Illustration by Gracia Lam
“If it were not for my time in New York, I would never have had the chance to really fall in love with wandering around in Central Park, the opportunity to just avoid spending my entire life savings in SoHo, the time to take weekly pleasure in the New York institution of brunch, and the ability to…experience American college life.” So writes Annie Randall in the online publication Her Campus about her experience as a member of Barnard’s Visiting International Students Program (VISP), one that gives students from universities abroad the opportunity to spend the spring semester at Barnard.
The program began in the spring of 2009 as part of a mission to ensure a culturally diverse student body; today VISP continues to grow in popularity. It launched with five students; this spring there are 75. “Barnard has always stressed the importance of diversity in its student body and faculty,” says Lisa Hollibaugh, dean for international and global strategy. “We already have a healthy number of full-degree international students, but the VISP program adds a more robust flavor to our campus by attracting students from more countries who come from a variety of economic backgrounds.”
Hilary Lieberman Link, former associate provost and dean for international programs, came up with the concept. “The idea has been a great success,” says Gretchen Young, dean for international and intercultural student programs. “For some it is the first time they have ever been in this country. Many might not have the chance to study at Barnard due to financial constraints; being able to attend for just one semester or, in some cases, pay an amount closer to their home tuition, gives them a taste of a liberal arts education in the heart of New York.”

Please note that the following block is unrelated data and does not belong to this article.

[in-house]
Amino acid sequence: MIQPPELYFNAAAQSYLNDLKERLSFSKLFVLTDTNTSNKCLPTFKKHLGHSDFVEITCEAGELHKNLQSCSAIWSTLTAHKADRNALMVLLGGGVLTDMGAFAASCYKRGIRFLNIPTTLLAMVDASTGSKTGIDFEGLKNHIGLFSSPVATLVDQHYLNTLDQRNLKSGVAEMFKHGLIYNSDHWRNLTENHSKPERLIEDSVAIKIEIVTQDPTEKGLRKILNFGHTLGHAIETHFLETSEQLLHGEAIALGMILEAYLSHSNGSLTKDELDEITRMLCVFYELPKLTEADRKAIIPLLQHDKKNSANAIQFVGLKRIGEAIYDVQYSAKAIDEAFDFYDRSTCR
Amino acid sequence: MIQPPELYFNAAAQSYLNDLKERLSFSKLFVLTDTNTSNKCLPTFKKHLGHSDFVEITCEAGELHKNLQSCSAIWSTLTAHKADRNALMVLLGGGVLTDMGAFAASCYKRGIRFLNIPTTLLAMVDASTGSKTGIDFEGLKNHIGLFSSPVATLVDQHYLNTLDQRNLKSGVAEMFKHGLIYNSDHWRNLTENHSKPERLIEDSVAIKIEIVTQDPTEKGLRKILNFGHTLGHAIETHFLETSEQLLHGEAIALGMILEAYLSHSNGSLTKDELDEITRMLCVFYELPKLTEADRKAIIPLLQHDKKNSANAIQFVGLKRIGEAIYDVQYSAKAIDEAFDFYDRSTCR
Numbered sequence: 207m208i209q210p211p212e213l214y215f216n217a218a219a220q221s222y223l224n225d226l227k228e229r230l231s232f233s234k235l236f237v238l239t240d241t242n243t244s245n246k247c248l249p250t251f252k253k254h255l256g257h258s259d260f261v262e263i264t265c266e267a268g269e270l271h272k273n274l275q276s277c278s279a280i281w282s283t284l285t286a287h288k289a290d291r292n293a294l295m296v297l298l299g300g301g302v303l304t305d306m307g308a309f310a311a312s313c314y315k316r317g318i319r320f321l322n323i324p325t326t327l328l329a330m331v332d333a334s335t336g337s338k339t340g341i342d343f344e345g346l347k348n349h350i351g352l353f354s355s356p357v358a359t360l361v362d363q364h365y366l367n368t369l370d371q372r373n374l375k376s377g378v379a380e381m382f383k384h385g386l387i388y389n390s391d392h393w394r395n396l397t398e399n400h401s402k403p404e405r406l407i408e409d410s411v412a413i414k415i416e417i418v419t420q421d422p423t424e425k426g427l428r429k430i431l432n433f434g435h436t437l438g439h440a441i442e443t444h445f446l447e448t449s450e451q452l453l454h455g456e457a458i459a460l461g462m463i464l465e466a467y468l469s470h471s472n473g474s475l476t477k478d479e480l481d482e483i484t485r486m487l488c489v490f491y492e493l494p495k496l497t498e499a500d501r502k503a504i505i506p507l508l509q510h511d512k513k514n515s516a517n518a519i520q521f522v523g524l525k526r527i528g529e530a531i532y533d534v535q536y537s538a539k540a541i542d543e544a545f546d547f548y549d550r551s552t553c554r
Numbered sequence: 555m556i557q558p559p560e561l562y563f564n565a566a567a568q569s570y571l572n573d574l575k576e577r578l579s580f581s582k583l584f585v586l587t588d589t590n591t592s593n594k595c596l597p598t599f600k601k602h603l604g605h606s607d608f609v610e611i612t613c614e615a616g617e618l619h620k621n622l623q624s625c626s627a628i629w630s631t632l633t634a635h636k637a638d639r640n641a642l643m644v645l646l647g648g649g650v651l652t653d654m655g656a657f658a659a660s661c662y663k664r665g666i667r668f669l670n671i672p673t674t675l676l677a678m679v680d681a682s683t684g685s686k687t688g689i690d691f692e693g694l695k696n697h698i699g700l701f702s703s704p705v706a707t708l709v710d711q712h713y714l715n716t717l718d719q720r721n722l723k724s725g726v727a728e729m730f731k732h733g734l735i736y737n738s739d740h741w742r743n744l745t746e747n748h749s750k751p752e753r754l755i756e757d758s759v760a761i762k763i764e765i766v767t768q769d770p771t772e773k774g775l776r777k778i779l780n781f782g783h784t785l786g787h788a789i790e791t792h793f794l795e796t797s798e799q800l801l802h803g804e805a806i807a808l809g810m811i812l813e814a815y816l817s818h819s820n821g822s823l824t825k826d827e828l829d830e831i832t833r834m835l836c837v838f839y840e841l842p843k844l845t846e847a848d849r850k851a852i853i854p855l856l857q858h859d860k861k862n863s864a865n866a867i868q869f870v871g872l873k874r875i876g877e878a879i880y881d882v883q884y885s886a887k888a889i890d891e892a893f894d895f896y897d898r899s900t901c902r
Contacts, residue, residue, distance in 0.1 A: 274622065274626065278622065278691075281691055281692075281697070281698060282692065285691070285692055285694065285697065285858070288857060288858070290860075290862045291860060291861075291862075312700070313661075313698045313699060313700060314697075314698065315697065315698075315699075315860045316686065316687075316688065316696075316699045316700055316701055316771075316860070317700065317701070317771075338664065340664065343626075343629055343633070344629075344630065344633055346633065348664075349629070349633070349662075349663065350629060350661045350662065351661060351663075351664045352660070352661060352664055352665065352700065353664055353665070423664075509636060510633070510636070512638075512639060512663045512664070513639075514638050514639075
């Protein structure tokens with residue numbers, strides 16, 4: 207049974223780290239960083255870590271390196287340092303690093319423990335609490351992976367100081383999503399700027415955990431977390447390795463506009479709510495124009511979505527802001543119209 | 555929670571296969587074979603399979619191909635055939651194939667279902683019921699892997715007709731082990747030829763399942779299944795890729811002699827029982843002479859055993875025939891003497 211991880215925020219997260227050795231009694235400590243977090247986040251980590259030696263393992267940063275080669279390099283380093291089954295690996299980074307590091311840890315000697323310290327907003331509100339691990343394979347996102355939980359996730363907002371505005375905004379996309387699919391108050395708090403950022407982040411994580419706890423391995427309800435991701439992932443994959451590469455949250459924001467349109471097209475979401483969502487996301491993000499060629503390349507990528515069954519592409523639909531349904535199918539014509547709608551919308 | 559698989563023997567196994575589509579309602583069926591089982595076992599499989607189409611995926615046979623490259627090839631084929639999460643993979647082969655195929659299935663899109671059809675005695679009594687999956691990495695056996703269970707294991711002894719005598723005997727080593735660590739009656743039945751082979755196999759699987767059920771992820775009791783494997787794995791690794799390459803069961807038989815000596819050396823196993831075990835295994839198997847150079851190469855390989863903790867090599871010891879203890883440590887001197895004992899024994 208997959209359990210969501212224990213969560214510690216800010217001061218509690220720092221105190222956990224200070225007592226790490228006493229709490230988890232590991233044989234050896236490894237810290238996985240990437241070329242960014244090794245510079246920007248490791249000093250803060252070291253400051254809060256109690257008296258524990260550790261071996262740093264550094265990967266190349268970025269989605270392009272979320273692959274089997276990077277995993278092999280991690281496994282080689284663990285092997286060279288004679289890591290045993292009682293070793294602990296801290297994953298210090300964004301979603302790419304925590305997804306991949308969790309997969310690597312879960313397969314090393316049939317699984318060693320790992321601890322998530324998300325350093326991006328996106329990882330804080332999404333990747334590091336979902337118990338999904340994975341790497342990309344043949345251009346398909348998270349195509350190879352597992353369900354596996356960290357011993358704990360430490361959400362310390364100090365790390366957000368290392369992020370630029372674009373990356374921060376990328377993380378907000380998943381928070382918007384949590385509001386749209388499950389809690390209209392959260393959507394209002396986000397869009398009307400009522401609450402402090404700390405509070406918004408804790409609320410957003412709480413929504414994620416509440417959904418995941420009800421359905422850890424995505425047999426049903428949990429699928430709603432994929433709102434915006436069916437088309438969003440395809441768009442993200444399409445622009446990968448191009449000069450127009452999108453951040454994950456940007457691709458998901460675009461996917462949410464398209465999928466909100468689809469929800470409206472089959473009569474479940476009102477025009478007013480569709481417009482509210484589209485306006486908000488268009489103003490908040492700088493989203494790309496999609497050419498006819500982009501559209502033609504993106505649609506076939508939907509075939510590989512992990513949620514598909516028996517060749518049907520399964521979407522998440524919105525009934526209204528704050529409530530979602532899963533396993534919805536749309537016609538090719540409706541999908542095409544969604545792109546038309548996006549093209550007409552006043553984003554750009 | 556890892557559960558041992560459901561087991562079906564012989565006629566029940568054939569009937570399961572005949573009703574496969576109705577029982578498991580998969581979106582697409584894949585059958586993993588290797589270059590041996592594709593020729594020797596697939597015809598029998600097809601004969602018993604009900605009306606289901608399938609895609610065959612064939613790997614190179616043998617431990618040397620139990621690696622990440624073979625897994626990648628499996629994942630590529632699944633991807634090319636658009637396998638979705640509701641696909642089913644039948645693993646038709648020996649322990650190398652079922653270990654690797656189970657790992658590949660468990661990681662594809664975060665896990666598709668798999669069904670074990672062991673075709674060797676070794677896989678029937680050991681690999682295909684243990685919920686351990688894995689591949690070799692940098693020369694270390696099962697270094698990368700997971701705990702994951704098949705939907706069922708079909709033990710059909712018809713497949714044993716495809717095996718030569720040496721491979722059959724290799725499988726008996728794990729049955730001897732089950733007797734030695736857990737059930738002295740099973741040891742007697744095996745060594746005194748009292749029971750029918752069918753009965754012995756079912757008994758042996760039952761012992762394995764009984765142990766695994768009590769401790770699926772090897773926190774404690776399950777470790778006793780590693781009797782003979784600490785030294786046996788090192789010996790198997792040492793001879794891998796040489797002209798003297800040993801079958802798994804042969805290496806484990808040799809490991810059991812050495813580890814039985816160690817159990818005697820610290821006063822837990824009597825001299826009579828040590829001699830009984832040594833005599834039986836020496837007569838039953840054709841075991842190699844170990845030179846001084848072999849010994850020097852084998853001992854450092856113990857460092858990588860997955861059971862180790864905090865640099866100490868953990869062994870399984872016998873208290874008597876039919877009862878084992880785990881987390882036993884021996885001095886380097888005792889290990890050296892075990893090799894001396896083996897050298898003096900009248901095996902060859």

Applicants come from partner schools in about a dozen countries, including China, France, Russia, and South Africa, though some VISP students are sponsored through grant and scholarship programs, such as the U.S. state department’s Global Undergraduate Exchange Program. In some cases, the institution has a reciprocal program that allows Barnard students to study at the participating schools abroad.
One Global Exchange student is Andrea Nuñez Rodriguez, a 21-year-old junior from Universidad Católica de Honduras. “I am taking classes that I would not be able to take in Honduras,” says Rodriguez, who is majoring in architecture. “My goal is to learn all that I can so that I can take my knowledge back to my country and share it with everyone.” Without VISP she could not have studied at Barnard, and she is considering a return to the U.S. to attend graduate school. Rodriguez adds, “It is my first time in the U.S. and I believe this program will give me a new perspective and help me to grow both academically and socially.”
VISP is competitive, and to be considered, applicants must be nominated by their foreign institutions and meet minimum English-language requirements. Students are expected to handle at least 12 credits. They must live in campus dormitories, and are encouraged to eat in the dining halls and participate in as many activities as possible. In addition, VISP organizes sightseeing and cultural events. “We take trips each semester. Last year, we went to the United Nations, and in the past, we did guided tours of Central Park,” says Leigh Ellen Johnson, international student coordinator for international and intercultural student programs.
Young says one of the biggest challenges for these VISP students is adapting to the American teaching style. “At their home institutions students are expected to do a lot more independent study so it can be overwhelming for them to have daily readings and regular assignments in all their classes.” Adds Johnson, “Students may think they can take 17 credits, but they quickly realize how intensive the classes are. They are a bit shocked and sometimes drop classes.”